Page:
For any other website builders, simply view your site on desktop and mobile to test it for responsiveness. If you find that your current site is not reorienting itself, search “[website builder] responsive site” to figure out how to fix it.
Consider site speed
Site speed is another one of those pesky ranking factors that Google uses to gauge the usefulness of your website.
A slow website can actually hurt you in two ways — as a direct ranking factor, and by increasing your “bounce rate.”
Your bounce rate is how many people leave your website after visiting only one page.
Bounce rates can be very high, with an internet-wide average of about 40%. And a slow-loading site will make that number even higher.
In fact, around 40% of users will give up on a site that doesn’t load in under 3 seconds. And the slower your site, the higher the bounce rate.
To find your bounce rate, check out your Google Analytics. Your bounce rate will be at the top of the Home screen.
We’ll talk more about Google Analytics in the last section — how to set up your account, and what kind of information you can expect to find.
Now, what exactly do we mean when we talk about “site speed?”
Site speed is the average load speed of several of your website’s pages. In contrast, “page speed” is the loading time of an individual page.
One study says that eCommerce sites can experience a 7% loss in revenue for every 100 millisecond delay in their sites’ loading time. The loss may not be as dramatic for restaurants, but the point remains — people don’t want to wait.
So you need to know how your site stacks up, both on mobile and desktop.
To check, go to Google’s PageSpeed Insights tool, and type in your URL. You’ll get a report that shows your site’s load speed on both mobile and desktop.
And, it will give you suggestions for how to improve your site speed. Common speed-killers include big images and videos, or too many widgets and plugins.
You can also see some page speed data in your Google Analytics dashboard. Click “Behavior,” then “Site Speed.”
You’ll find stats like average load time for each site page, and page views by browser.
When trying to improve your page and site speed, remember the 80/20 rule. That means that 80% of your results will come from 20% of your efforts.
It’s probably not worth making a website change that will gain you 10 milliseconds of site speed. But if there are two or three simple fixes that can cut seconds from your site’s load time, then those could be worth the work.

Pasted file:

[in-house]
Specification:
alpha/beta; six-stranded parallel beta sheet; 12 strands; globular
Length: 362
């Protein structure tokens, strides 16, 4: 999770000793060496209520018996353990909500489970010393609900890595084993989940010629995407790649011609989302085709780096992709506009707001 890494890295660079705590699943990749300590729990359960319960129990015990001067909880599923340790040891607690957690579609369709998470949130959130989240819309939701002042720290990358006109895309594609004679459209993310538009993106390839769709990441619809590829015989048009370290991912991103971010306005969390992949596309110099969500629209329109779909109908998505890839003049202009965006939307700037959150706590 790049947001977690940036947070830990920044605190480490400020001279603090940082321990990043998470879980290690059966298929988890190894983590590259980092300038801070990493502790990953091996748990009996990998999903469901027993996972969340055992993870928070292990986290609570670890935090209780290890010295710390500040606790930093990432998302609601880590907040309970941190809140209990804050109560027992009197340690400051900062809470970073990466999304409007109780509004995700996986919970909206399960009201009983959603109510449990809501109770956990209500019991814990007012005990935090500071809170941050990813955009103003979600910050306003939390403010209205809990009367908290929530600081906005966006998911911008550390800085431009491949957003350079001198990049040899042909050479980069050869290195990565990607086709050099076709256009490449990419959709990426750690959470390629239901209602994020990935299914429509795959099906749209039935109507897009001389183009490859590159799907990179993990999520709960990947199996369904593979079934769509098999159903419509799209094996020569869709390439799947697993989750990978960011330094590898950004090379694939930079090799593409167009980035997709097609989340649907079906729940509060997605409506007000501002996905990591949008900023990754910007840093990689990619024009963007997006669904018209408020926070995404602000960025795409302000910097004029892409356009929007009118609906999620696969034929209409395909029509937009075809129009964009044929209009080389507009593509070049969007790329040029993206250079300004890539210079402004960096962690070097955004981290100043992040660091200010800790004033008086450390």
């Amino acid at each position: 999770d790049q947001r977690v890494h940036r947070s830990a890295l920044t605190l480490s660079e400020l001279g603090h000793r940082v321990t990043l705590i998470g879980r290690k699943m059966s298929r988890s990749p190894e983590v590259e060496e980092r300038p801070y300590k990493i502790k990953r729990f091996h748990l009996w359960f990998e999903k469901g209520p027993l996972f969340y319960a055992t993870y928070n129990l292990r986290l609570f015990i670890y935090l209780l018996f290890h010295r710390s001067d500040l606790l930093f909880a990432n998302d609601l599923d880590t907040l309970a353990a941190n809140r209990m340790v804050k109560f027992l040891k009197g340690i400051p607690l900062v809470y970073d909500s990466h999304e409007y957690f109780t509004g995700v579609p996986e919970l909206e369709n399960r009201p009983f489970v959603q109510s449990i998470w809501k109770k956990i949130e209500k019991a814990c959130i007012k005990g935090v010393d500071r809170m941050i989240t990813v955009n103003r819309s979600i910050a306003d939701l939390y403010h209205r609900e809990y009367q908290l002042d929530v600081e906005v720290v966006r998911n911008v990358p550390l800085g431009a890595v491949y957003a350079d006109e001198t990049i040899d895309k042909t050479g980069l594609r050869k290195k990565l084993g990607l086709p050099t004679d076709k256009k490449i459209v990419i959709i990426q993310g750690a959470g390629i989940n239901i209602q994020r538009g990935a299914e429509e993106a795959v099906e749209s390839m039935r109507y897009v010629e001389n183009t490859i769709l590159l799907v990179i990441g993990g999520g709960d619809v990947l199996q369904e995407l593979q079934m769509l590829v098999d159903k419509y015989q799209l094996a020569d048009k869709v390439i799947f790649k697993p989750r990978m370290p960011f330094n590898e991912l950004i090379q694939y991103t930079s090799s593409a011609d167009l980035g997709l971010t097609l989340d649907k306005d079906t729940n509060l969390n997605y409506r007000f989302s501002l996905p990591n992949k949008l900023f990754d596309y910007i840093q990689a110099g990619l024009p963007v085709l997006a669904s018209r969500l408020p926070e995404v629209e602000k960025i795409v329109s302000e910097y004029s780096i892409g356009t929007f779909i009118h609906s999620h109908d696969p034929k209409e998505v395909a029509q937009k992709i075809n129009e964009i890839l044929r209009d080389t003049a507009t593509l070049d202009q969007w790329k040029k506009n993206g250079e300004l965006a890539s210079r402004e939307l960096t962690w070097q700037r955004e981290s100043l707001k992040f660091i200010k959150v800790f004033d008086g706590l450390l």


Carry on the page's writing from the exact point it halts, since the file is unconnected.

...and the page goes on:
Beef up your site security
Would you use a website without a secure, encrypted connection that protects your sensitive information from hackers?
So why would you expect visitors to your website to feel any different?
A valid SSL certificate provides the peace of mind that users want when they’re on your website — and it’s good for SEO, too.
An SSL (Secure Sockets Layer) certificate is a data file that you can install to establish an encrypted connection between a web browser and your server. It will protect user information (like credit card numbers) when they enter it on your website.
Once you’ve installed an SSL certificate, your website will change from an http site to an https site, and get a handy little lock to show that it’s safe.
Adding an SSL certificate to your site is good for more than just peace of mind. It’s good for your SEO, too.
https sites load significantly faster than http sites. And they are believed to rank higher in Google searches than http sites.
So how do you get an SSL certificate?
Well if you have a Squarespace or Wix site, an SSL certificate is automatically included.
If your WordPress site doesn’t have an SSL certificate, you can buy one from a provider like GeoTrust. You can also get one through your web hosting service, like GoDaddy or BlueHost.
Then you can add a plugin like Really Simple SSL to your website. It will enable the SSL certificate for you.
If you use a different site provider than one of these, simply search for “add SSL certificate to [site provider]” to find a tutorial.
That wraps up most of the technical stuff. Now, let’s move on to the fun part!
So many decisions to make!
Pictures, menus, press, about us — what should you include? We’re going to dive into all that.
But first, we need to talk about keywords. They’re going to come up quite a bit throughout the rest of this section.
A keyword is an indicator to Google or another search engine what your content is about. It’s one of the pieces of the algorithm puzzle.
“Keyword” is really a misnomer. They should be called “keyphrases,” because most keywords are longer than a single word.
Short tail keywords are phrases of one to three words, like “pizza delivery.” Long tail keywords are longer, more targeted keywords, like “fastest pizza delivery in Chicago.”
While short tail keywords often have more searches per month, there is also a lot more competition for them.
Long tail keywords have fewer searches, but less competition. So it’s easier for your website to rank high for those search terms.
Keywords help search engines to match users to content. If a user searches “best pizza in Beverly Hills,” including that keyword on your site tells Google that your LA-based pizzeria is a good result.
How to Choose Keywords
When selecting keywords for your restaurant’s website, there are several factors to consider.
First, there’s the user’s search intent. What is the purpose of the user’s search?
Most people won’t just type “pizza” into the search bar. They’ll type something more specific, depending on what they’re after.